How Digital Transformation Really Drives GRCPublished April 3, 2017 by Matt Kelly • 3 min read
Like most technology startups, we welcome digital transformation of the business world. It opens new markets, lets you forge closer bonds to customers and business partners, increases profits, accelerates sales cycles. Wonderful stuff, and we mean that.
For compliance and risk professionals, however, the digital revolution brings challenges unlike any you’ve faced before.
The easy analysis is to say that all the benefits mentioned above also bring new risks—ones that can strike unexpectedly. New markets bring new corruption or money-laundering risks; new business partners bring new data security risks. That’s all true.
But unless you want to keep reacting to new risks, frantically whacking them down every time they crop up, compliance officers need to ponder this new risk and compliance landscape more deeply. What really changes during digital transformation? How can you build a sustainable compliance strategy in that world?
Well, we know that digital transformation changes two things at a company: the assets it owns, and the processes it uses.
For example, according to financial research firm Calcbench, intangible assets (intellectual property, trademarks, goodwill, and so forth) accounted for 9.6 percent of all assets on the balance sheets of the S&P 500 in 2011. Five years later, the figure was 11.15 percent—and that’s only for the large, stable businesses of the S&P 500. For younger, smaller firms, the percentage can be much higher.
That tells us that as this transformation continues, more of a company’s value will be determined by what it knows (data collection and analytics capability), and what others know about it (reputation). That’s a world apart from the value determined by the cash and goods a company possesses.
So if creating and preserving value is what the board worries about (pro tip: it is), then for risk and compliance managers, the future will be about how to help the company protect its proprietary knowledge and its reputation.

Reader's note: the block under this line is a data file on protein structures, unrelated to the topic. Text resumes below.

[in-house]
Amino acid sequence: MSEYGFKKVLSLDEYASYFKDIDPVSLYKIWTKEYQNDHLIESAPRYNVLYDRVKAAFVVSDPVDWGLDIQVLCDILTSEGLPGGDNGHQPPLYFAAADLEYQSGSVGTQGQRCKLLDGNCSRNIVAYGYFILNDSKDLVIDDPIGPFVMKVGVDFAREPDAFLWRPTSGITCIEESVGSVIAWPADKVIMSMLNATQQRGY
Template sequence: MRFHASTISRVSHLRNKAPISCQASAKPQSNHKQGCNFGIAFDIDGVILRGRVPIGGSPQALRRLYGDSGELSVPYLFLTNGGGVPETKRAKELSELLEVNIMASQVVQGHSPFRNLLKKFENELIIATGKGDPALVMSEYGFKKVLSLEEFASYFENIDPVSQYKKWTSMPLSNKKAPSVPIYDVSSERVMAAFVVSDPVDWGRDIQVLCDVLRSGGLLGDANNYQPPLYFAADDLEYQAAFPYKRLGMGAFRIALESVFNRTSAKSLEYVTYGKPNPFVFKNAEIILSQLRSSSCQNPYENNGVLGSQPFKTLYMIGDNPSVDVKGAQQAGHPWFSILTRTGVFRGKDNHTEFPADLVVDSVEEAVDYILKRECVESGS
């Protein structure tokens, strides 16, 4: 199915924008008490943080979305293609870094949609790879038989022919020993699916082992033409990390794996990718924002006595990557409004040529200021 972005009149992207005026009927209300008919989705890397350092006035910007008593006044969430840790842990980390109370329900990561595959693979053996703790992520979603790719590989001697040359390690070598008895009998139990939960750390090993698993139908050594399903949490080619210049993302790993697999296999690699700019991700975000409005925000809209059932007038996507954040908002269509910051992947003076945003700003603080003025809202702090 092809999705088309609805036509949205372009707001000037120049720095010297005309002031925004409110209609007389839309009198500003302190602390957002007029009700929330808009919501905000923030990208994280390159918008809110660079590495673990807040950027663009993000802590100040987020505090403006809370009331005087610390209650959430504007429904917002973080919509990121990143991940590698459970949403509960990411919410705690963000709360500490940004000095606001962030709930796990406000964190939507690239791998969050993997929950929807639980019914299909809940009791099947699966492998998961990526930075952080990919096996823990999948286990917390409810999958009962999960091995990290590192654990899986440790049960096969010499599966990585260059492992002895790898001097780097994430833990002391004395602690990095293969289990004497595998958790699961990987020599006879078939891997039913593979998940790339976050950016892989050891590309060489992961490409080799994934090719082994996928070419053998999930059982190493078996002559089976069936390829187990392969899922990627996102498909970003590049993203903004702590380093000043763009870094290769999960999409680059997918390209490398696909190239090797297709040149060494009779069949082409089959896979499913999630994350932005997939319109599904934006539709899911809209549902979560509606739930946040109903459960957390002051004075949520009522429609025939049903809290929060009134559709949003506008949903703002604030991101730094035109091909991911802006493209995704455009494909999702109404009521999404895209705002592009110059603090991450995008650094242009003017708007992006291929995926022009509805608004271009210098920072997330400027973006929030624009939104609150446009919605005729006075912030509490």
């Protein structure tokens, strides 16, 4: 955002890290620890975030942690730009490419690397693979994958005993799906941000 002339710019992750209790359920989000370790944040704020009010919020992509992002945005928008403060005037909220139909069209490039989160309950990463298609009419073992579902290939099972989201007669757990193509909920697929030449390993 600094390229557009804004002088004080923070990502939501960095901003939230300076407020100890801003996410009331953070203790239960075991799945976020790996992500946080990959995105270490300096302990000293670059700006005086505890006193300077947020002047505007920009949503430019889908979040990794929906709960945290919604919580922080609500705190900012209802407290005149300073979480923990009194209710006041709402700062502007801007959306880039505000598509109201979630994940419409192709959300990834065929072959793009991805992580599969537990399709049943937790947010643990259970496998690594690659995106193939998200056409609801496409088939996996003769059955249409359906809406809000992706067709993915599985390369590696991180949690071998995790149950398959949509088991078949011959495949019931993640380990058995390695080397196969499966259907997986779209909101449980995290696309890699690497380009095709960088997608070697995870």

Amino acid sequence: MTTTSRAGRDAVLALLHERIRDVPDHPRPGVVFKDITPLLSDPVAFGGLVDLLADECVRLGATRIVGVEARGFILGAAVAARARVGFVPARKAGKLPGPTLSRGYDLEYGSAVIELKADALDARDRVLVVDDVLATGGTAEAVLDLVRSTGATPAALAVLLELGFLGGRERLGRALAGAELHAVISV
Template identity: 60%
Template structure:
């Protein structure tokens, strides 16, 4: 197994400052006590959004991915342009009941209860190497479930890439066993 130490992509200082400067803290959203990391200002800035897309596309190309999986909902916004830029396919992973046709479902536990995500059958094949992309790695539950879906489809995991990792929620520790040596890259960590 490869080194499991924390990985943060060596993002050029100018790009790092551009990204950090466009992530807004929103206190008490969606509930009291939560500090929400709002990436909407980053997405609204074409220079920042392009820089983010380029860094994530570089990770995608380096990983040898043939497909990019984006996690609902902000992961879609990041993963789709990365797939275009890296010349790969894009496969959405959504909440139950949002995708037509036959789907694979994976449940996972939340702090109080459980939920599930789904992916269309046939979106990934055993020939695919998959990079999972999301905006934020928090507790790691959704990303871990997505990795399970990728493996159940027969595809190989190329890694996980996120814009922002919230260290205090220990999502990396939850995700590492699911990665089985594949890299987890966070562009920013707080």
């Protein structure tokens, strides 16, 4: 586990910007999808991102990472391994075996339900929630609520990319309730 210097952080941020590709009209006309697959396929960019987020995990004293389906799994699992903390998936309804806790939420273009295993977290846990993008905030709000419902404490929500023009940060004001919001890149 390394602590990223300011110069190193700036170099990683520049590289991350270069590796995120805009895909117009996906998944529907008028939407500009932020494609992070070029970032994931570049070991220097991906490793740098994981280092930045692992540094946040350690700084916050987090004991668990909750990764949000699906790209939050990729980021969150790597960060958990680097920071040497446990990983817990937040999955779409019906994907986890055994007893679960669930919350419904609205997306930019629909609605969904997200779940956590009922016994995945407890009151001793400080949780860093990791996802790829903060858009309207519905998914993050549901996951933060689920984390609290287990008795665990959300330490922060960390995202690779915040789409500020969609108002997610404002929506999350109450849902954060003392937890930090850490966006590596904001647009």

Easy enough so far. When we add the future of digital processes, however, the situation gets more tricky.
Visibility for All
On one level, digital processes are fantastic: they enhance that collection and analysis of data we mentioned above. Everything the company does can be labeled, logged, saved, retrieved, and analyzed, all at a moment’s notice.
On another level, however, that same advantage that digital processes bring—enhanced visibility into operations—can be turned against the company’s other objective of protecting value and reputation. Why? Because all the power of that enhanced transparency is available to anyone, inside the company or out, who knows the proper way to ask for it.
This is more than saying, “Don’t let hackers steal your data.” In today’s highly interconnected business world, with many third parties acting as part of your extended enterprise, the goal is to govern how your data is used. The strength of your governance processes will become enormously important.
For example, the ability to perform due diligence on third parties, and to produce that homework on demand, will be invaluable. Maybe regulators will want to see that work as they investigate a money-laundering rumor; maybe social media activists will want to see it as they talk up a human-trafficking scandal in your supply chain.
Regardless, success will hinge on your ability to demonstrate that your business processes are grounded in strong ethical values and that they work. If they work, your digital assets are protected; if they’re ethical, your reputation is protected.
One practical example of this is the Corporate Human Rights Benchmark, a project supported by institutional investors that takes data disclosed by large businesses (that is, transparency) and uses it to pressure those businesses into improving their conduct. Another is United Airlines: the company stumbled into a social media snafu recently when it barred two girls from boarding a flight while wearing leggings. That decision was in compliance with company policy (no leggings for people flying on United employee guest passes), but the ensuing outcry underlines the importance of clear policy, good judgment, and when to grant exceptions or stand firm.
Will surprises still come? Absolutely. But strong, effective GRC builds a company’s resiliency to weather the storm—and that will be the most important key to the success of all.